Can animals be persons? Scientific and philosophical consensus supplies a resounding, 'No!' In this book, Mark Rowlands disagrees. Not only can animals be persons, many of them probably are. A person is an individual in which consciousness, rationality, self-awareness and other-awareness converge, and many animals are such individuals.
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Can animals be persons? To this question, scientific and philosophical consensus has taken the form of a resounding, 'No!' In this book, Mark Rowlands disagrees. Not only can animals be persons, many of them probably are. Taking, as his starting point, John Locke's classic definition of a person, as "a thinking intelligent being, that has reason and reflection, and can consider itself the same thinking thing, in different times and places," Rowlands argues that many
animals can satisfy all of these conditions. A person is an individual in which four features coalesce: consciousness, rationality, self-awareness and other-awareness, and many animals are such individuals.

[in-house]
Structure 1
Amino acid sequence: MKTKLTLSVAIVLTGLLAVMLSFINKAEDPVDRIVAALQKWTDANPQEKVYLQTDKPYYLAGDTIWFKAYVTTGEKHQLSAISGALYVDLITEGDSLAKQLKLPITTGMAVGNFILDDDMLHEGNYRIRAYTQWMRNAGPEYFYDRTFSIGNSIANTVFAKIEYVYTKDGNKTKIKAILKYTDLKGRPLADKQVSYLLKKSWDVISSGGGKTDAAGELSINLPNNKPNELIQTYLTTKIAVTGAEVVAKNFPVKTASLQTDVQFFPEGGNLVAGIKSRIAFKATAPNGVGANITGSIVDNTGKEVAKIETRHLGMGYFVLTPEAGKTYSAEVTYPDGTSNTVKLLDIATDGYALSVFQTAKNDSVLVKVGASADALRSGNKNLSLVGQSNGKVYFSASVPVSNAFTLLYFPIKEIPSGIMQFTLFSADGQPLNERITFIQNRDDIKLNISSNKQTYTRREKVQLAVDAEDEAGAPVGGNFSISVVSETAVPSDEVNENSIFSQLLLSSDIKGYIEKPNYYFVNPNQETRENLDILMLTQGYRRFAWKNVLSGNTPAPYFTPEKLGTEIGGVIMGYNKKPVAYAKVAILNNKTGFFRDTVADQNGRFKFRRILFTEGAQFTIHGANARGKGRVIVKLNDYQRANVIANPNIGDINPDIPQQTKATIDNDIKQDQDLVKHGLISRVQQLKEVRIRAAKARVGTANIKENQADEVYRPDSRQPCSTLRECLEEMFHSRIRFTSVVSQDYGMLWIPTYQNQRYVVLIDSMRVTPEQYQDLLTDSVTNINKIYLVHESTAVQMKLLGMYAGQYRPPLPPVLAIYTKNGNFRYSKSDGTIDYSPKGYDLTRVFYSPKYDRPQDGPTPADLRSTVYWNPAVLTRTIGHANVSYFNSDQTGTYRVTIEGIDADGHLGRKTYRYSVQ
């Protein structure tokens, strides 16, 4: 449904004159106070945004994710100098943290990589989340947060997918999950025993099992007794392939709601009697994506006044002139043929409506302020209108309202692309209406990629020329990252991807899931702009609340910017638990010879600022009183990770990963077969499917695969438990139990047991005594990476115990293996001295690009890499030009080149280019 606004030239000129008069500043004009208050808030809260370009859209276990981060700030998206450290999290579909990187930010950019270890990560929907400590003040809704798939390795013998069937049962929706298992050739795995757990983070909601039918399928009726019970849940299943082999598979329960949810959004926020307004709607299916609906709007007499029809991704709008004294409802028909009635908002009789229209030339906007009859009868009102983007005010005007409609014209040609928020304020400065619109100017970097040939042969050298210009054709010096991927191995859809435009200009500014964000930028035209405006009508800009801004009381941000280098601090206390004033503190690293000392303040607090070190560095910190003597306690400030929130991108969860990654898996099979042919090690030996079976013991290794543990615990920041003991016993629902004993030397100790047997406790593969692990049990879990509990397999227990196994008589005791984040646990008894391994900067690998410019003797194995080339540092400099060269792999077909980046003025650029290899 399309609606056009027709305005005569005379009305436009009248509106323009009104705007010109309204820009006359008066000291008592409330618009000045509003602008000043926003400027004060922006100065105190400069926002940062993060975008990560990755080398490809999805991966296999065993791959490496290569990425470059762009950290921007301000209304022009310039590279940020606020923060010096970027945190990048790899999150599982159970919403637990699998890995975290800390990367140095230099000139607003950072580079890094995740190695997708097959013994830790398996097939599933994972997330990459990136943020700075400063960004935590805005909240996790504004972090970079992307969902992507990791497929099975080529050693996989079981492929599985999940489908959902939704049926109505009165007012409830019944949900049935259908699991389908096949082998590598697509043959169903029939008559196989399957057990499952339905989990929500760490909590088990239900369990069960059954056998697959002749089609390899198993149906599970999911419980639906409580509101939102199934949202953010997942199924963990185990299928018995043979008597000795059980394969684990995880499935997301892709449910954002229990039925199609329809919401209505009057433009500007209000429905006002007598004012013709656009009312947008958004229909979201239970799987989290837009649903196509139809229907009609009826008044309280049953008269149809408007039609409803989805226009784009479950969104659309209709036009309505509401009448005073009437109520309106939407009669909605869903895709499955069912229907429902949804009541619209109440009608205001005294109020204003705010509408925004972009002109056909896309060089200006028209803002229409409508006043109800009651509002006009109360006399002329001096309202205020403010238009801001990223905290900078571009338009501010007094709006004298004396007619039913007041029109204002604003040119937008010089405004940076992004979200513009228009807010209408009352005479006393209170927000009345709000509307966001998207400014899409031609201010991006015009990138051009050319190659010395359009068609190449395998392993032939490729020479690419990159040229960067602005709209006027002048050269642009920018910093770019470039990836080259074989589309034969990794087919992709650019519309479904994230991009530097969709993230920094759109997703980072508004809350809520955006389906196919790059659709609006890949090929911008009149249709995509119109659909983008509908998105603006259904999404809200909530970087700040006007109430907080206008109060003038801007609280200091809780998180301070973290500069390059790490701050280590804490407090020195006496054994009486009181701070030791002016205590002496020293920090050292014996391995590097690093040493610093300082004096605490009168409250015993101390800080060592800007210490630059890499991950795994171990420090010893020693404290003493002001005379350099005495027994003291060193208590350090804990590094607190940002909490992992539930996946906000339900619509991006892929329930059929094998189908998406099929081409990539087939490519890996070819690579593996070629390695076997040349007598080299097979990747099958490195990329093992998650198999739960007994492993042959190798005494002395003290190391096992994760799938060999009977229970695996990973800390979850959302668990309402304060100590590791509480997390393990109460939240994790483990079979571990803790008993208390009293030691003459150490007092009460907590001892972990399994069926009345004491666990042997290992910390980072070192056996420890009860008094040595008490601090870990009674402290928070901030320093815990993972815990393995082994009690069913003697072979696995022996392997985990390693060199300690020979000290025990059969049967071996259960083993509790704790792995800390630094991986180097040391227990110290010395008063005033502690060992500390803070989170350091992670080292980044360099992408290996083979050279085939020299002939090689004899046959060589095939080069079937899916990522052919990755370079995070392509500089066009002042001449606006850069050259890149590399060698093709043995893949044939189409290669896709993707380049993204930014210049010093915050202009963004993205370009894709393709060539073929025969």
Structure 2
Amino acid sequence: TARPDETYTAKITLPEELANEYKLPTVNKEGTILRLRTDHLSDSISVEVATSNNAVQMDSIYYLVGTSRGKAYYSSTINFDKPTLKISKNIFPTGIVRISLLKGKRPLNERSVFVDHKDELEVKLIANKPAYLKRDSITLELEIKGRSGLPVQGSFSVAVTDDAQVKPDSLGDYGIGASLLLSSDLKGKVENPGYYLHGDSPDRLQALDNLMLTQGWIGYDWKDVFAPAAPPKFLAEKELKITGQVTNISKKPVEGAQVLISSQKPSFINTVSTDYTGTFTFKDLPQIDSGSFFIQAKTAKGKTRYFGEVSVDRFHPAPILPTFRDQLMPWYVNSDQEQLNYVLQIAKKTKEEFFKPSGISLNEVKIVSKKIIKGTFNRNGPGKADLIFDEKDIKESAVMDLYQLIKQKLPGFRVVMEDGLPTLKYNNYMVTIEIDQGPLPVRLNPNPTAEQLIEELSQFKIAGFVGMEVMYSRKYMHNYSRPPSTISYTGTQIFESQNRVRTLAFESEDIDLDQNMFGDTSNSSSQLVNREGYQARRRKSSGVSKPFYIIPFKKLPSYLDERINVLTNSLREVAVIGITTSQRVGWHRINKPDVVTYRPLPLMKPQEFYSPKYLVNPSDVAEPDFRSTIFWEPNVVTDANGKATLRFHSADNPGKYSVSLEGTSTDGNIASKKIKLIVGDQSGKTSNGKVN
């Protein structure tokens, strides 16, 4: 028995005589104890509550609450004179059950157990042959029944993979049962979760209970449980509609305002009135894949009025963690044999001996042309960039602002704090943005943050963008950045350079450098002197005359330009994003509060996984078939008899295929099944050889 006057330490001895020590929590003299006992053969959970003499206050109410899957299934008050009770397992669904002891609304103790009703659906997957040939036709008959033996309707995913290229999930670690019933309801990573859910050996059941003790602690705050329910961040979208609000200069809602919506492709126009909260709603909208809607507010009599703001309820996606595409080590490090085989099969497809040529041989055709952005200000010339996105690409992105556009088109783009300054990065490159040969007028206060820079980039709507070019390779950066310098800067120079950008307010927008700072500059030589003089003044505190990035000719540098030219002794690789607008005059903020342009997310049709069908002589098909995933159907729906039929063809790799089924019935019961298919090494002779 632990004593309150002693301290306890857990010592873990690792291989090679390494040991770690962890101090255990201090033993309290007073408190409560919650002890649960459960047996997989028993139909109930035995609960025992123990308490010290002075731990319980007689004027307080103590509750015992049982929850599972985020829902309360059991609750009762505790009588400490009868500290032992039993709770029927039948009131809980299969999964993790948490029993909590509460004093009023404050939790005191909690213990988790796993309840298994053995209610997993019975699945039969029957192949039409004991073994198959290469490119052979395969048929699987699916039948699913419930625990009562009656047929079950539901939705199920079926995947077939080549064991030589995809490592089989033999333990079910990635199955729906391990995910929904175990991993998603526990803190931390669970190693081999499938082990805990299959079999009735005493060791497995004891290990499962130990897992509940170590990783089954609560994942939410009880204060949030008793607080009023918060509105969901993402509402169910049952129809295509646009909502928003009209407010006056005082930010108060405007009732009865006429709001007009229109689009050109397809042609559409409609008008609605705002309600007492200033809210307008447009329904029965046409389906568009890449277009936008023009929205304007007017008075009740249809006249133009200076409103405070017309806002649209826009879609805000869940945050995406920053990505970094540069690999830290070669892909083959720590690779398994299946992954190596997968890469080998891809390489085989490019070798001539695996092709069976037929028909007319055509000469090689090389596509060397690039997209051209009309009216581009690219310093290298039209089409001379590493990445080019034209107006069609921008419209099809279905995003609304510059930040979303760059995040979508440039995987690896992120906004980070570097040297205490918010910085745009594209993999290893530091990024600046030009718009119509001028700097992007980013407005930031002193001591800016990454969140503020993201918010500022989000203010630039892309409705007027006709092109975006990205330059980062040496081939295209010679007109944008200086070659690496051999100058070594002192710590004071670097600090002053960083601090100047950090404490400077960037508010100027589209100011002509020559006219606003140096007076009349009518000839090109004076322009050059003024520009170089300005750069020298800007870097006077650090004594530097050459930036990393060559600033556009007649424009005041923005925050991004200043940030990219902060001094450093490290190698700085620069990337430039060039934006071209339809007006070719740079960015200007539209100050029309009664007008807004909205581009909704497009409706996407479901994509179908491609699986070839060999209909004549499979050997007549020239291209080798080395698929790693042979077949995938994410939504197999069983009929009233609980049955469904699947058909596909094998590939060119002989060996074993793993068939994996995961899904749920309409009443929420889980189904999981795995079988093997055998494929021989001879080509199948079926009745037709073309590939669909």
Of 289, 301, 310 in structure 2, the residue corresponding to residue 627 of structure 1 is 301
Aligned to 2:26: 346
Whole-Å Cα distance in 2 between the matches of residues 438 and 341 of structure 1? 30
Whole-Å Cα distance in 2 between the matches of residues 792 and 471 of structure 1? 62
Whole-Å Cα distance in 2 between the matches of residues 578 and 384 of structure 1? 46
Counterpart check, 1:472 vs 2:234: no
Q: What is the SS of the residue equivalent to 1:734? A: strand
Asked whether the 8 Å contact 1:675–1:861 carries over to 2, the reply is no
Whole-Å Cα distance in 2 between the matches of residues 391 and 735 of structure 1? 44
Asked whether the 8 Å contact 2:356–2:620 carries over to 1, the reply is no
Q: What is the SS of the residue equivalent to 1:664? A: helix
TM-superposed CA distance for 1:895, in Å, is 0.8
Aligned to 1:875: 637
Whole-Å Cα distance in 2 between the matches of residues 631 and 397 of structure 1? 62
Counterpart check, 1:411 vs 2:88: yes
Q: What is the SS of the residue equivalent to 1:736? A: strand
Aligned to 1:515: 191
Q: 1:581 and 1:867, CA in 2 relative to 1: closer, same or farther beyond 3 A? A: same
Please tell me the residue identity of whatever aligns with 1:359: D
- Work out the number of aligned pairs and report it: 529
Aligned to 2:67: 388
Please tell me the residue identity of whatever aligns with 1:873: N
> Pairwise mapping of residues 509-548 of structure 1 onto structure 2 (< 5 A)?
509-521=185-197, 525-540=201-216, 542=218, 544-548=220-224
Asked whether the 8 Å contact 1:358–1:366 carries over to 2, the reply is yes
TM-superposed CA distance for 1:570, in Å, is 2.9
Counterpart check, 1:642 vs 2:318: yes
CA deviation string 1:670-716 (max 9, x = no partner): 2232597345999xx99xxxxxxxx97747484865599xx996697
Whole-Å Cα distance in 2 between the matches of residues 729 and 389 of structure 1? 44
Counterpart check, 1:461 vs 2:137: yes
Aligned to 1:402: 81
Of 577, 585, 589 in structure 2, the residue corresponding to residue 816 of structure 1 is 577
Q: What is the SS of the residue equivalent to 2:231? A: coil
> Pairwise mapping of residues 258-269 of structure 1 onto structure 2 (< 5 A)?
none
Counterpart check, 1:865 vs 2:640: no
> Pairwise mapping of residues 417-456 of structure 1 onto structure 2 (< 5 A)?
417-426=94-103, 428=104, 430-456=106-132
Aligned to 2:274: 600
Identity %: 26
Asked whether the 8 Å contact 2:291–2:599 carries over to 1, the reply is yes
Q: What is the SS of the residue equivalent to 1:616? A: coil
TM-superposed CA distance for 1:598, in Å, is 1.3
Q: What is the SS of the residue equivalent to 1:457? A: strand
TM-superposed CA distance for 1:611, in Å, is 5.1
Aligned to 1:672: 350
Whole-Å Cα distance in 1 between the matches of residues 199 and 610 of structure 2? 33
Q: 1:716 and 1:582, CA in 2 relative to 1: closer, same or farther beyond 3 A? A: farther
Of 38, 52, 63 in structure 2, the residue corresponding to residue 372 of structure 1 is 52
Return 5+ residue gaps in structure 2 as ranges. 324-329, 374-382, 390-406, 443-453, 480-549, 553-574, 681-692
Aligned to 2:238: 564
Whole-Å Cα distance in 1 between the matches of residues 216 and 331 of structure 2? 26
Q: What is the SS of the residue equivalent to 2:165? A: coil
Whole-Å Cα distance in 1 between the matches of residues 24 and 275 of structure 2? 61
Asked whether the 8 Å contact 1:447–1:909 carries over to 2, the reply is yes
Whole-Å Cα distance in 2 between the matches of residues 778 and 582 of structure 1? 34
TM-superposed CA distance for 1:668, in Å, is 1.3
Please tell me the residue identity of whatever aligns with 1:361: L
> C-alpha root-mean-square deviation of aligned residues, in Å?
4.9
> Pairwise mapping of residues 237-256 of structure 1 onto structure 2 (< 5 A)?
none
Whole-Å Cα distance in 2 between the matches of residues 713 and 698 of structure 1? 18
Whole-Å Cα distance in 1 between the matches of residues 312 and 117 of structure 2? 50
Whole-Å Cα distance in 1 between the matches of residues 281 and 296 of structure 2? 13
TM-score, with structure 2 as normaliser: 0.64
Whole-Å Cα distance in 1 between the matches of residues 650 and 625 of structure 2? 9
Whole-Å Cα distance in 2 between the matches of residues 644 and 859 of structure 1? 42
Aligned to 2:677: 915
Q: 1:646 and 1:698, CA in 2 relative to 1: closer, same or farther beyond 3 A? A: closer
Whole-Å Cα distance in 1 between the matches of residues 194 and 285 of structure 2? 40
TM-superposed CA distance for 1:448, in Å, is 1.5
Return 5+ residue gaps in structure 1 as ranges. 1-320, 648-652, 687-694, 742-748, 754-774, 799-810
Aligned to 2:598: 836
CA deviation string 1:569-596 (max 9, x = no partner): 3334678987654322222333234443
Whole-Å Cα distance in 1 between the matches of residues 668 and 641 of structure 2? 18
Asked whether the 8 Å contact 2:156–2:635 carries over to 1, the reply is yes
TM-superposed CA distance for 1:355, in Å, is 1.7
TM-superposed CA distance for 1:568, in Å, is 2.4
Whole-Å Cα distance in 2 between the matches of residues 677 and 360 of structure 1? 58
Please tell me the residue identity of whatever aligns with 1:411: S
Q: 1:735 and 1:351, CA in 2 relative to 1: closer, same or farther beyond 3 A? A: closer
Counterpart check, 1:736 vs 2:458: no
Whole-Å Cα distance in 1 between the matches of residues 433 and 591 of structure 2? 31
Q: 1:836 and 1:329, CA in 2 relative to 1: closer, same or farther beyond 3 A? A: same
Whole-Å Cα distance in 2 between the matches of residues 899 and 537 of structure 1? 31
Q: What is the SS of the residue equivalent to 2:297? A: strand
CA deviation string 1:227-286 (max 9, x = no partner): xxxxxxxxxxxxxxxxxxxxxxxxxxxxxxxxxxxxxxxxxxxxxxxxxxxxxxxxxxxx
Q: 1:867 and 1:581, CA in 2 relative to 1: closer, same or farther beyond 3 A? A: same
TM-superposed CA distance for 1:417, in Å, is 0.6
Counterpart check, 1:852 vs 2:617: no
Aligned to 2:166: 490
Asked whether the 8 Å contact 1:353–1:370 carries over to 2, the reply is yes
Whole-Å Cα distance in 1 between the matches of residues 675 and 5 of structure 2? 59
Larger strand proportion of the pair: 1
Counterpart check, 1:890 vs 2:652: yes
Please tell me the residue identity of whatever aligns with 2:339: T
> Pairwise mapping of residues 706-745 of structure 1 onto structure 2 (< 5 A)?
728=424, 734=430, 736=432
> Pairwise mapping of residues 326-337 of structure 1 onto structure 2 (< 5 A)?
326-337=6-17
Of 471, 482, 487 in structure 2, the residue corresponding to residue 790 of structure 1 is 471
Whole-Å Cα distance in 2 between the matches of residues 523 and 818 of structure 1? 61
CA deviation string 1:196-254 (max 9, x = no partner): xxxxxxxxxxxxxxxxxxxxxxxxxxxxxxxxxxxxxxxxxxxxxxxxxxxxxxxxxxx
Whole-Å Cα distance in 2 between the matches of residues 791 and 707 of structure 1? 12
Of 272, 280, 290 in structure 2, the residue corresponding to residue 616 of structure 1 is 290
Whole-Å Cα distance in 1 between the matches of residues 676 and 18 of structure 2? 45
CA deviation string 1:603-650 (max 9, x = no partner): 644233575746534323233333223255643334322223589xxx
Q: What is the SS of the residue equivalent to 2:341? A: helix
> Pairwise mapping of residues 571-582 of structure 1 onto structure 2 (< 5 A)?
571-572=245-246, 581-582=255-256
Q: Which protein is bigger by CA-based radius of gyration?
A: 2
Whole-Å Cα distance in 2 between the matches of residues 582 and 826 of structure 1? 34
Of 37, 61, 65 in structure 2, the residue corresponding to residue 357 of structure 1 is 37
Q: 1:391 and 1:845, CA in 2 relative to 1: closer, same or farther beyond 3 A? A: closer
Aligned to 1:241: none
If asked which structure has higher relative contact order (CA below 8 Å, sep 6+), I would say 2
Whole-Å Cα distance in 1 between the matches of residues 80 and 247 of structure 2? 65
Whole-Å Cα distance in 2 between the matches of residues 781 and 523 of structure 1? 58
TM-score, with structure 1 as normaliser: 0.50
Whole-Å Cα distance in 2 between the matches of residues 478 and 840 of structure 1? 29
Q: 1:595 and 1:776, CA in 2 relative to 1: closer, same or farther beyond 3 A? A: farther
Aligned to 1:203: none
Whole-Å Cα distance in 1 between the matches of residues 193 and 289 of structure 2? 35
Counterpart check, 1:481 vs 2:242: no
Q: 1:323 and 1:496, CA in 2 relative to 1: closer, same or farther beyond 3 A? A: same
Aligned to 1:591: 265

Consciousness—something that is like to have an experience—is widely distributed through the animal kingdom. Many animals are capable of both causal and logical reasoning. Many animals are also self-aware, since a form of self-awareness is essentially built into the possession of conscious experience. And some animals are capable of a kind of awareness of the minds of others, quite independently of whether they possess a theory of mind. This is not just a book about animals, however.
As well as being fascinating in their own right, animals, as Claude Levi-Strauss once put it, are "good to think." In this seamless interweaving of the empirical study of animal minds with philosophy and its history, this book makes a powerful case for the idea that reflection on animals allows us to better understand each of these four pillars of personhood, and so illuminates what means for any individual—animal or human—to be conscious, rational, self- and other-aware.